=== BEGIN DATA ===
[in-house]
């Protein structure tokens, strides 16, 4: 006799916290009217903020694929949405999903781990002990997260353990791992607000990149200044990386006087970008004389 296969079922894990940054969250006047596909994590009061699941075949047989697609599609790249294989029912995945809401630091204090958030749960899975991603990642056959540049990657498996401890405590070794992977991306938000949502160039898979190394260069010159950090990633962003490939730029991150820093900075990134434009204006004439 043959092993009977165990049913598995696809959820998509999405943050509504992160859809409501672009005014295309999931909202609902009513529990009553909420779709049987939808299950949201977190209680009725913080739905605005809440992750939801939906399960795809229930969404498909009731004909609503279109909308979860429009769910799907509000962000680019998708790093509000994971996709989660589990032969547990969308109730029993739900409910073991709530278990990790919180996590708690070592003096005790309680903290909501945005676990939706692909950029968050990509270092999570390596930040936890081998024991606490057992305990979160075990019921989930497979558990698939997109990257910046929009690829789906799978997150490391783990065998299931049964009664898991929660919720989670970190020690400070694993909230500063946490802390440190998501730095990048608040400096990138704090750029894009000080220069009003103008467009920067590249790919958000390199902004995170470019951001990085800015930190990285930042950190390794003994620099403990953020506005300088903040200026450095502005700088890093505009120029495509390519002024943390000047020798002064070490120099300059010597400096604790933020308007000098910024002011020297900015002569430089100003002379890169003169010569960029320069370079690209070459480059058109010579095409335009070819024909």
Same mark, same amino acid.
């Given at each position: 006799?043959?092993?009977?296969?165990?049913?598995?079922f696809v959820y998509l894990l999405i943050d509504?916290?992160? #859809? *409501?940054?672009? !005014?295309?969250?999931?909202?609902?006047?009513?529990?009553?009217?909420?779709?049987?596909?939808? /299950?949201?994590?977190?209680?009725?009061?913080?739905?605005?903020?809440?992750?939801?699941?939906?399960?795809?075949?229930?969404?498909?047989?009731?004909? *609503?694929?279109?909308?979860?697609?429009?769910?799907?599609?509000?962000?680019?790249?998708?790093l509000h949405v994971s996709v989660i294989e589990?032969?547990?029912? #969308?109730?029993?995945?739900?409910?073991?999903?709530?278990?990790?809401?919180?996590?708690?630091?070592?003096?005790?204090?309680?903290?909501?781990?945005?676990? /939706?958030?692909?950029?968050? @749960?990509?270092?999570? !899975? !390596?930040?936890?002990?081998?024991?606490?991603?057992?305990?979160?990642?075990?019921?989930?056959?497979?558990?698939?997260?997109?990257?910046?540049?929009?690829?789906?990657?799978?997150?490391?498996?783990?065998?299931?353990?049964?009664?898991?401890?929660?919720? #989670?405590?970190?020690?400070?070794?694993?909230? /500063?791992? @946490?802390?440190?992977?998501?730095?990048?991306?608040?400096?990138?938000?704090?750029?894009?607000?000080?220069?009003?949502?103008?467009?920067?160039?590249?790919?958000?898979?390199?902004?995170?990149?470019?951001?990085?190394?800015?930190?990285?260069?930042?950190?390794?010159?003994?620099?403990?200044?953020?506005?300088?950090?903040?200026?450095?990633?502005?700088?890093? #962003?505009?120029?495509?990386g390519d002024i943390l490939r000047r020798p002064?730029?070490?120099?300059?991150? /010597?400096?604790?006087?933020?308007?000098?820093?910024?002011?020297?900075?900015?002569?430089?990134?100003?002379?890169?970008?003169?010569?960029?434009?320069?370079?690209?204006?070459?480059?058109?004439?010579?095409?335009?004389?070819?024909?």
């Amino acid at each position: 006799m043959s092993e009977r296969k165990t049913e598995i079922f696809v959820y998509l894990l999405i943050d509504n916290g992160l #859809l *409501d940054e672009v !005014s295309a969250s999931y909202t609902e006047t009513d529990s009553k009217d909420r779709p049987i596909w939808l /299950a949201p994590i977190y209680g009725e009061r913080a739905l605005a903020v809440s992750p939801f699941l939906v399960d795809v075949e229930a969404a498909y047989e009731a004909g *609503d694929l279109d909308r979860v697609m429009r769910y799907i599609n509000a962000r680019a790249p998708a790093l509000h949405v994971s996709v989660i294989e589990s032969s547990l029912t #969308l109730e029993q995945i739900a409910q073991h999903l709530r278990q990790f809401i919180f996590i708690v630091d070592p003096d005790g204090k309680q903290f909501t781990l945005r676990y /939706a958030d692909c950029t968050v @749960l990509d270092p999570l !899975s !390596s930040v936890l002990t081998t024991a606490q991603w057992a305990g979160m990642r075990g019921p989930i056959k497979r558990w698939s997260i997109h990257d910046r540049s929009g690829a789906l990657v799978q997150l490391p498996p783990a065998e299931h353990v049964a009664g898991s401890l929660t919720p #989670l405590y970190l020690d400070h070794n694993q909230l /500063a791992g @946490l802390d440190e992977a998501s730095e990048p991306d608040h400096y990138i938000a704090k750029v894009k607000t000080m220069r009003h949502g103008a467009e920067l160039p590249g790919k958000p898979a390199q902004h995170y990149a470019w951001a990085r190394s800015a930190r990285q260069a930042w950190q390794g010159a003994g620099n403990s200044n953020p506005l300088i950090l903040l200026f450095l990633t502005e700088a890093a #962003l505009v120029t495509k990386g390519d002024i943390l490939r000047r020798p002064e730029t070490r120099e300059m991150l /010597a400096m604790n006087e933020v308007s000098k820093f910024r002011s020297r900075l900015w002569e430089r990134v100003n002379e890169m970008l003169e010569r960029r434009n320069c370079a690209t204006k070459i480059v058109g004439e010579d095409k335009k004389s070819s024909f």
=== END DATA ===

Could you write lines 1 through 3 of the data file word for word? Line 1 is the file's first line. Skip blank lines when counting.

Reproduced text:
[in-house]
């Protein structure tokens, strides 16, 4: 006799916290009217903020694929949405999903781990002990997260353990791992607000990149200044990386006087970008004389 296969079922894990940054969250006047596909994590009061699941075949047989697609599609790249294989029912995945809401630091204090958030749960899975991603990642056959540049990657498996401890405590070794992977991306938000949502160039898979190394260069010159950090990633962003490939730029991150820093900075990134434009204006004439 043959092993009977165990049913598995696809959820998509999405943050509504992160859809409501672009005014295309999931909202609902009513529990009553909420779709049987939808299950949201977190209680009725913080739905605005809440992750939801939906399960795809229930969404498909009731004909609503279109909308979860429009769910799907509000962000680019998708790093509000994971996709989660589990032969547990969308109730029993739900409910073991709530278990990790919180996590708690070592003096005790309680903290909501945005676990939706692909950029968050990509270092999570390596930040936890081998024991606490057992305990979160075990019921989930497979558990698939997109990257910046929009690829789906799978997150490391783990065998299931049964009664898991929660919720989670970190020690400070694993909230500063946490802390440190998501730095990048608040400096990138704090750029894009000080220069009003103008467009920067590249790919958000390199902004995170470019951001990085800015930190990285930042950190390794003994620099403990953020506005300088903040200026450095502005700088890093505009120029495509390519002024943390000047020798002064070490120099300059010597400096604790933020308007000098910024002011020297900015002569430089100003002379890169003169010569960029320069370079690209070459480059058109010579095409335009070819024909």
Same mark, same amino acid.